I suppose I am biased, but this photo of the "free section" of the museum reflects that it is a first class operation. You get the feel you are in a special place that reflects a special time in American history.
When I entered the Depot I had no idea there was a bar and restaurant, a bar serving beer brewed right here.
I visited on May 25, 2015, and now understand it has been closed, much to my great regret. I really enjoyed myself here. It opened in April 2015, faced some delays, and then apparently shut down operations later in the year. One writer said it was due to poor overall management, a shame because the owners were very excited about this endeavor.
The Cheyenne Depot Plaza has become the cultural and entertainment hub of Downtown Cheyenne, striving to provide educational programming and events in conjunction with the City of Cheyenne that enrich the community. I'll walk you around. It's neat.
The "Iron Horse." Artist Lyle Nichols said, "The idea was to dedicate this sculpture to the railroad workers of Wyoming and Cheyenne, hence the name the 'Iron Horse,' and it's made of old tools, some from the railroads." Nichols found all of the materials for the sculpture in a dumpster near the Cheyenne railroad. Those parts include an old license plate, a can opener, washers from train wheels, and wrenches.
Outside the entry to the museum stands a statue depicting an early pioneer woman. The statue has been named, "The New Beginning." The statue is meant to honor the women who settled the area in the early pioneer days. She looks straight down Capital Avenue towards the Capitol. The statue also is meant as a reminder that Wyoming was the first territory and state to provide women the right to vote. The sculptor is Veryl Goodnight.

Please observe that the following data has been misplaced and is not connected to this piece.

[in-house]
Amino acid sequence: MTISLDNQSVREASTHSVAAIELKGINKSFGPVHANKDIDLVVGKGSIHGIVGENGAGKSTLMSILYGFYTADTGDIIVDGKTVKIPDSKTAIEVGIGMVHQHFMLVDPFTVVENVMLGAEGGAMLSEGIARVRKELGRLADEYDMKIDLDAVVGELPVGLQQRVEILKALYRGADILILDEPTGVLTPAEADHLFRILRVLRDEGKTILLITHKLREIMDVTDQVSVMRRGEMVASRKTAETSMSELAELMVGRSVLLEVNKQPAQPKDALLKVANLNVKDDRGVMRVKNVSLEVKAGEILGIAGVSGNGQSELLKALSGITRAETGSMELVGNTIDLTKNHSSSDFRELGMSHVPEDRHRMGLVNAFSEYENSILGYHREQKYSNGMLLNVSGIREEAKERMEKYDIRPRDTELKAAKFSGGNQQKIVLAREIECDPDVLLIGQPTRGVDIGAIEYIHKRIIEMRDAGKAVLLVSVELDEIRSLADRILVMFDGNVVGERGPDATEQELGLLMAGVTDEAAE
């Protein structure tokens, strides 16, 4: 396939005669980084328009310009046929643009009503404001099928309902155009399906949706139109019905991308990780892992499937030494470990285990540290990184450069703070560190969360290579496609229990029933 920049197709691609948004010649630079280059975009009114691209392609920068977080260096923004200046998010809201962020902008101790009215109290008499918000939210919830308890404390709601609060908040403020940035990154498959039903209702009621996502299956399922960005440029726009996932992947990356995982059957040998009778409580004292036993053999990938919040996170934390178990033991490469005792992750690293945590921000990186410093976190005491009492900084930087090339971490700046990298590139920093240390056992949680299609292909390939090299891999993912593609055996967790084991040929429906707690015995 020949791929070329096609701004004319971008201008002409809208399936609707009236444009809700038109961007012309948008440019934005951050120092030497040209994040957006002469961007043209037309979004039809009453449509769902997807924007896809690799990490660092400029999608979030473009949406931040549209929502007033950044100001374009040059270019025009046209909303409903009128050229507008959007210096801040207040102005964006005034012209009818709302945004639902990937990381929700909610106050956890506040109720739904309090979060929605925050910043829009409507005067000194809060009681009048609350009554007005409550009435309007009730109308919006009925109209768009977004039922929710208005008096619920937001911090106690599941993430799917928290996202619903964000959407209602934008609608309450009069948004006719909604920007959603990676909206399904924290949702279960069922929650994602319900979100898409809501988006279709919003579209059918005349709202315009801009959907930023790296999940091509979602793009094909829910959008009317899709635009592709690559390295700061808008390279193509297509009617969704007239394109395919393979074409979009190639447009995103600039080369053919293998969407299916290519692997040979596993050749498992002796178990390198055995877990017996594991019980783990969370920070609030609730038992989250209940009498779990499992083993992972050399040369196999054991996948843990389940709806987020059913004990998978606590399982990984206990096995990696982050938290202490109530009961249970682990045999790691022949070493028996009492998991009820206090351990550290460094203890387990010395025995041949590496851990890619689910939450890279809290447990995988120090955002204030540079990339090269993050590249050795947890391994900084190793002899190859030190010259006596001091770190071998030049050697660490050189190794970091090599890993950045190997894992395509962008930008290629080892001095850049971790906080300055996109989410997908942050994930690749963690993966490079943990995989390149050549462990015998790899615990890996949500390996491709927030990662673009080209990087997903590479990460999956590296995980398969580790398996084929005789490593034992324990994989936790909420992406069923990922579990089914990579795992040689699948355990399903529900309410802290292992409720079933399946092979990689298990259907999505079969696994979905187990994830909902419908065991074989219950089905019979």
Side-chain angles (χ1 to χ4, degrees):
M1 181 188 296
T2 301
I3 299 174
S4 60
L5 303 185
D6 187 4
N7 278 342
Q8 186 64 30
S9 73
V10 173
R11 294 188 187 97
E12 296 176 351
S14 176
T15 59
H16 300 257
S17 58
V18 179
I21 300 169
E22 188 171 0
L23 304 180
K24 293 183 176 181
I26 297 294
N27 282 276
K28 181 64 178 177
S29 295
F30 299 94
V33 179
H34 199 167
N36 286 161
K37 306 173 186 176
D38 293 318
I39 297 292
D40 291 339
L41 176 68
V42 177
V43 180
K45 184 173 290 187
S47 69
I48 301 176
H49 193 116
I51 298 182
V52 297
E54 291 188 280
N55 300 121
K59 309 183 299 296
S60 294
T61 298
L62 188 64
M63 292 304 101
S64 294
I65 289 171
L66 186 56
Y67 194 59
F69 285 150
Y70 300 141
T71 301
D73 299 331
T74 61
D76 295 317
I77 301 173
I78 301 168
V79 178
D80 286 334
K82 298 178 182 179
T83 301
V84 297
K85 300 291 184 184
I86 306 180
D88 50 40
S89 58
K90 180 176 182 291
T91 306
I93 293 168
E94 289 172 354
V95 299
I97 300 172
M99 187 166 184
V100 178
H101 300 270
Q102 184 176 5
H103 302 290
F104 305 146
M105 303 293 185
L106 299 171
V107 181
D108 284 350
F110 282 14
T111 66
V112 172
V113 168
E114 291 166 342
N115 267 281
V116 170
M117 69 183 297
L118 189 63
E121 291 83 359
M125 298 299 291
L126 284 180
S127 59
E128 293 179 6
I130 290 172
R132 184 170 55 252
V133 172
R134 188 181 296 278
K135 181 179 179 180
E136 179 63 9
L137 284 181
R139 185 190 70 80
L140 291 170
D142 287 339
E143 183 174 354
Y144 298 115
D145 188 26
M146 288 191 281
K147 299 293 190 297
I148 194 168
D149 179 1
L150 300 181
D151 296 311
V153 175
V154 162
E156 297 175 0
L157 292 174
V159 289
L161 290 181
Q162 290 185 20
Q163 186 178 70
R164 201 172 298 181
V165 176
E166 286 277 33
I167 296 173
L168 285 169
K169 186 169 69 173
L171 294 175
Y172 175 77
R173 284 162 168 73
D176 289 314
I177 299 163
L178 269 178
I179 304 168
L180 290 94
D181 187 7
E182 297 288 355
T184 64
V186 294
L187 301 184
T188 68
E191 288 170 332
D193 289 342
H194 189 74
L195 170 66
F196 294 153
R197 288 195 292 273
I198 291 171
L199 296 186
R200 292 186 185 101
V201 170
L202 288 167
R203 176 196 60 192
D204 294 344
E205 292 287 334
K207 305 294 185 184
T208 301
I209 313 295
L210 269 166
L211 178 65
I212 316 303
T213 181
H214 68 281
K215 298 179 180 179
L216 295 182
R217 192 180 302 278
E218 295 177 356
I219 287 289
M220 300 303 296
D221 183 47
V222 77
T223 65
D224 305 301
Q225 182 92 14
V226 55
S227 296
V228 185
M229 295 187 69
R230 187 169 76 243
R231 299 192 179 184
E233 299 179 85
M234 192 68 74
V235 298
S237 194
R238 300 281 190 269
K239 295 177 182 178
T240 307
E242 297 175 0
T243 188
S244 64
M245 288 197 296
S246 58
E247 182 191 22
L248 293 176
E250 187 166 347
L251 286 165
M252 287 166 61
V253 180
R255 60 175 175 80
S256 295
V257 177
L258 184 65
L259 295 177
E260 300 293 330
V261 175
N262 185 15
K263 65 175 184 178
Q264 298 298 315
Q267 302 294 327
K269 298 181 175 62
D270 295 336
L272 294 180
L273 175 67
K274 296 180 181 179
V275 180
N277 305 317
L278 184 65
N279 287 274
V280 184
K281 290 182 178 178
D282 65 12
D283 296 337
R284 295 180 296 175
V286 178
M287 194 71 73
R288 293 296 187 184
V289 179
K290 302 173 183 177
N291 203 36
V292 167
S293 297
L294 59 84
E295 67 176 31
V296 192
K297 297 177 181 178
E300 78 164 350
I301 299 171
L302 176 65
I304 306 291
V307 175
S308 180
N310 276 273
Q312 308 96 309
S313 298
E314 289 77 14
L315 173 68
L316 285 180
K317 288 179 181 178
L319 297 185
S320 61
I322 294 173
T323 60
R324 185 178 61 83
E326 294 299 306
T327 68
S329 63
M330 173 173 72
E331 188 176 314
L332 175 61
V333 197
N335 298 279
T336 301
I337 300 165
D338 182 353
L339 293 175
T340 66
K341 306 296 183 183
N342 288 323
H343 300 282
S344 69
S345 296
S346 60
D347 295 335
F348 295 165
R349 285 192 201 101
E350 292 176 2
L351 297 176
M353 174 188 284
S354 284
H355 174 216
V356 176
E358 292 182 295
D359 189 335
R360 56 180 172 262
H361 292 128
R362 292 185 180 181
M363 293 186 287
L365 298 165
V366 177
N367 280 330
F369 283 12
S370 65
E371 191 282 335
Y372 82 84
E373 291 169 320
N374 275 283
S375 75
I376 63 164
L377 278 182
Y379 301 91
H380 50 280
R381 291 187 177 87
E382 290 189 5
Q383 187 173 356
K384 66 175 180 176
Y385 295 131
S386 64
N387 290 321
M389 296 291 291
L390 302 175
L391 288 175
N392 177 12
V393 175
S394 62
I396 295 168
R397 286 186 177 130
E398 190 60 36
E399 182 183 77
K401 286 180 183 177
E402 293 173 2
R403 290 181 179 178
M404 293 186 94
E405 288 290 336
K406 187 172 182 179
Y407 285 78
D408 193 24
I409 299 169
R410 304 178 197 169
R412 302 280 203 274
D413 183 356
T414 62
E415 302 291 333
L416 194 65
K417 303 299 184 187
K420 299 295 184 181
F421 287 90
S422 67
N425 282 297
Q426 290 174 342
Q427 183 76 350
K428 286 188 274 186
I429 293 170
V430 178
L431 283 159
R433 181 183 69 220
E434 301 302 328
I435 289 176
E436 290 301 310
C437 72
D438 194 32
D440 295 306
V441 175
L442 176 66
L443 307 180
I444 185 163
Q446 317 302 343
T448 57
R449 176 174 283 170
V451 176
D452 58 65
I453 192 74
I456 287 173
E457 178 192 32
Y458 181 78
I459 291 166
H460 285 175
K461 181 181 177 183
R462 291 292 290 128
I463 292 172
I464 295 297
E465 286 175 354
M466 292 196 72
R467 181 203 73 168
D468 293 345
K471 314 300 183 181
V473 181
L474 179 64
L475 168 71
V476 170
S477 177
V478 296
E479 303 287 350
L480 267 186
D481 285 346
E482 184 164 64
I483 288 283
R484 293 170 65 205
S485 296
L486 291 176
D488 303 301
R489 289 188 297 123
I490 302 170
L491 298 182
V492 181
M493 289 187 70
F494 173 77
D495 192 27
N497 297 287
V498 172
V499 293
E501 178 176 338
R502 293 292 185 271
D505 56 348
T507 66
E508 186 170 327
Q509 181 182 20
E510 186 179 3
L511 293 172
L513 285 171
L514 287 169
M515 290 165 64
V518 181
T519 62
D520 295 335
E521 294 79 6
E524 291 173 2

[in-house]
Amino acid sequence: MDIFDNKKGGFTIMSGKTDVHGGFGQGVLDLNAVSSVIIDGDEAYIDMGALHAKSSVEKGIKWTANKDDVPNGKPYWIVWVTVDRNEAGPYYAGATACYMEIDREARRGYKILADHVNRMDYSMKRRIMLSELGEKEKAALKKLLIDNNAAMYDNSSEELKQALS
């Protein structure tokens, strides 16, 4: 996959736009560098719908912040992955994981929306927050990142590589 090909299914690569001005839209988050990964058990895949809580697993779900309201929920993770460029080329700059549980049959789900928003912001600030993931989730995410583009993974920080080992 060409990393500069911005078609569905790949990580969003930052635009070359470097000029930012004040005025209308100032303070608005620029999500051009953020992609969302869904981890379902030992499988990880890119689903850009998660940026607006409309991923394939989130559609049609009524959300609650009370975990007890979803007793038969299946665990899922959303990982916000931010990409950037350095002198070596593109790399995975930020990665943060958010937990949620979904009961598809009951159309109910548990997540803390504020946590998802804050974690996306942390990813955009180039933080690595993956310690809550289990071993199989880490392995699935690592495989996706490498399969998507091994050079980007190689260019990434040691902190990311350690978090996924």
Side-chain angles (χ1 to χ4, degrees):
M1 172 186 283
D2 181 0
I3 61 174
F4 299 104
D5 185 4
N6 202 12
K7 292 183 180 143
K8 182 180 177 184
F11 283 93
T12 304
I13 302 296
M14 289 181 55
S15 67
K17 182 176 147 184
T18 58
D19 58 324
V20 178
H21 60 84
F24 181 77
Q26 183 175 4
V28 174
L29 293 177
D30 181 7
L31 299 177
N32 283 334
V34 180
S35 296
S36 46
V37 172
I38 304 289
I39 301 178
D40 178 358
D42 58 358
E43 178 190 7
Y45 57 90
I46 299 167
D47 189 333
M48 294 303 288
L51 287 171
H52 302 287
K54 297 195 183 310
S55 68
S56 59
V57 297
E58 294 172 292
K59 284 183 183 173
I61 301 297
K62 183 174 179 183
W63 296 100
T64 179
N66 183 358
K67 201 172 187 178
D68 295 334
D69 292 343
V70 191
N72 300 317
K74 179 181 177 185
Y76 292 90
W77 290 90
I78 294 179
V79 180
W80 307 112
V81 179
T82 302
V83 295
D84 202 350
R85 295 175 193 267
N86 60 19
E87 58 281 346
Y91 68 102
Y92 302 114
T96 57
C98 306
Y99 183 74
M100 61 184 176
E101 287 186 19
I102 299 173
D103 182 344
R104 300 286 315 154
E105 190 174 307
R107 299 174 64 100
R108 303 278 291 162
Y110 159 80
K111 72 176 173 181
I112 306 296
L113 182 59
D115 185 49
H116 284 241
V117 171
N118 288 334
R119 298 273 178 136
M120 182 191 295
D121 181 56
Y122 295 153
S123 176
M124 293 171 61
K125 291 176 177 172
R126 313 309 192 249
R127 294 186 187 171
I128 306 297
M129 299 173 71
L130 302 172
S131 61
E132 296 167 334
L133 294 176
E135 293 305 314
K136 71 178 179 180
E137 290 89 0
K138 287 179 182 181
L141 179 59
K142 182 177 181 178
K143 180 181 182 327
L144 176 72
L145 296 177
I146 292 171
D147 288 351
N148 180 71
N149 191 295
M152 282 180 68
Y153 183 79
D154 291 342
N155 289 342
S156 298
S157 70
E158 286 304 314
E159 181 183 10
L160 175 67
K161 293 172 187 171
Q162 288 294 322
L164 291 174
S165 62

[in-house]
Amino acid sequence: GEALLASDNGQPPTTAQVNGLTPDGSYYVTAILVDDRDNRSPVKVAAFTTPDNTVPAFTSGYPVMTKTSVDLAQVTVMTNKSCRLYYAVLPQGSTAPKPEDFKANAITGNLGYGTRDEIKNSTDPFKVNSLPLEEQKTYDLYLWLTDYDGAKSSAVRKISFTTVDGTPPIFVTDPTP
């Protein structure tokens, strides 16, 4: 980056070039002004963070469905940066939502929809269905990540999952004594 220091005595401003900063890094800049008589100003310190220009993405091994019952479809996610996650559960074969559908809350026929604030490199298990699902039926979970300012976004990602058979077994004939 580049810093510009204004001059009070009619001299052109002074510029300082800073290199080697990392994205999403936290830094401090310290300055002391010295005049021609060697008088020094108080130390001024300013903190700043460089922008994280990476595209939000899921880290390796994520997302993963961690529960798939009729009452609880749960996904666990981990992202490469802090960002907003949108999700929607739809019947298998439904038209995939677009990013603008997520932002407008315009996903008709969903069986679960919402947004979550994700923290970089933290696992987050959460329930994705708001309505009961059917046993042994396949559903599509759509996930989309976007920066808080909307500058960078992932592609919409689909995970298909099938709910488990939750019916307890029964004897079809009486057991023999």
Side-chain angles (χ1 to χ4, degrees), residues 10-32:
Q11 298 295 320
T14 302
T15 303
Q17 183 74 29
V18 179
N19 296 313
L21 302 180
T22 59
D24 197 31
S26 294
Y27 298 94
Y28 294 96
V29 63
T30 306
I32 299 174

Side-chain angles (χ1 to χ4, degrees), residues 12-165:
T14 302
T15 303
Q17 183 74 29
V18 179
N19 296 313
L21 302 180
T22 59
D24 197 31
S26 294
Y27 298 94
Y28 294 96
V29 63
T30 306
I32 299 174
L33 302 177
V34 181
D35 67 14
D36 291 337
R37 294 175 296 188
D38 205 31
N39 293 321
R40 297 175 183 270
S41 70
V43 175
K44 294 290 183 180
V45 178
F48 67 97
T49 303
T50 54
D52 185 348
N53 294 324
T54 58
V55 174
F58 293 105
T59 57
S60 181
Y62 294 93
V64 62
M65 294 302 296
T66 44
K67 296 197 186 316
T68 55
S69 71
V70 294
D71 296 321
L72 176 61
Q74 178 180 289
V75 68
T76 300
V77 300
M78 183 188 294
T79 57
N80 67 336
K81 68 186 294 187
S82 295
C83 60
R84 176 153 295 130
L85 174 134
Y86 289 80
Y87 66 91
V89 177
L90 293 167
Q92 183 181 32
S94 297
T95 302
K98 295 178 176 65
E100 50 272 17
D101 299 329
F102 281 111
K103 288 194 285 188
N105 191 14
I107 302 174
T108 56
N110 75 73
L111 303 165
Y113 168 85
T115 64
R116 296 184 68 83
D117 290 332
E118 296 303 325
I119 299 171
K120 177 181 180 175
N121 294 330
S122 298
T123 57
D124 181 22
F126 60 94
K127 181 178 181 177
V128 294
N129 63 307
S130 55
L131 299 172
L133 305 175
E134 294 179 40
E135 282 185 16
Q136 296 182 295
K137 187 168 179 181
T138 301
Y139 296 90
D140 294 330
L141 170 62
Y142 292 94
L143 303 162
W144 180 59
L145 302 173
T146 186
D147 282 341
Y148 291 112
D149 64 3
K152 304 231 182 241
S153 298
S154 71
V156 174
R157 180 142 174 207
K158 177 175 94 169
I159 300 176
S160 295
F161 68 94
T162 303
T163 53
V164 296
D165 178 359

Off to the left side of the pioneer woman is a boot. There are several boots in the Plaza, each decorated differently. They convey a great western touch of public art. I showed you another boot at the entrance to the plaza earlier.
This is another at the entrance. That is the Plains Hotel in the background. It was built in 1911. It has a stained glass solar system on the lobby ceiling. It received a new owner in February 2016 who plans to give the hotel some "sizzle" and retain its contributions to the area's culture.
Across the street form the Plaza and the Iron Horse is The Albany. It has been serving Cheyenne for 75 years. The building was originally constructed around 1900, and went through several owners until 1942 when a family bought it, running it as a family business since.
I took this photo to give you a sample of the architecture preserved in the historic town. The center building hosts the Wyoming Home. It was established in 1998 and exists with the idea of providing a Western Lifestyle for everyone who has a passion for it.
Another stately building, this is the Freedom's Edge Tap House and Brewing Company. It is located in the old Tivoli Building, a three-story Victorian building built in 1892. Its design incorporates several elements typical of Queen Anne architecture, including an oriel window, an octagonal ornamented turret, and use of foliated stone, as well as some Chateauesque and Romanesque Revival architectural elements. The hipped roof of the building and the roof of the turret were both covered with pressed metal sheets. In October 1892 a local newspaper described the new building as "palatial", with interior fixtures "as fine as can be seen in any city west of Chicago". The Tivoli Building was designed for use as an eating and drinking establishment it.
The Nagle Warren Mansion Bed and Breakfast. In 1888, entrepreneur Erasmus Nagle built the stone Nagle Warren Mansion B&B as a show place, at a time when Cheyenne was the wealthiest city of its size in the world. It became the home of Senator Francis E. Warren in 1910 who entertained the likes of Presidents Teddy Roosevelt and William Taft. The owners invite you to "Live the life of a Cattle Baron."
This home is in the Rainsford Historic District. Constructed between 1885 and the 1930s, the Rainsford neighborhood was named for George Rainsford, an eastern architect who came west to try his hand at horse ranching in the 1870s and eventually designed homes for his contemporaries in Cheyenne. This area was once preferred by Cheyenne Cattle Barons. The Rainsford District is an excellent expression of upper and upper middle class housing popular in the late 19th and early 20th centuries.
Listed on the National Register of Historic Places.
This is a view down Capital Street from the Capitol to the Depot Museum. This is a marvelous town.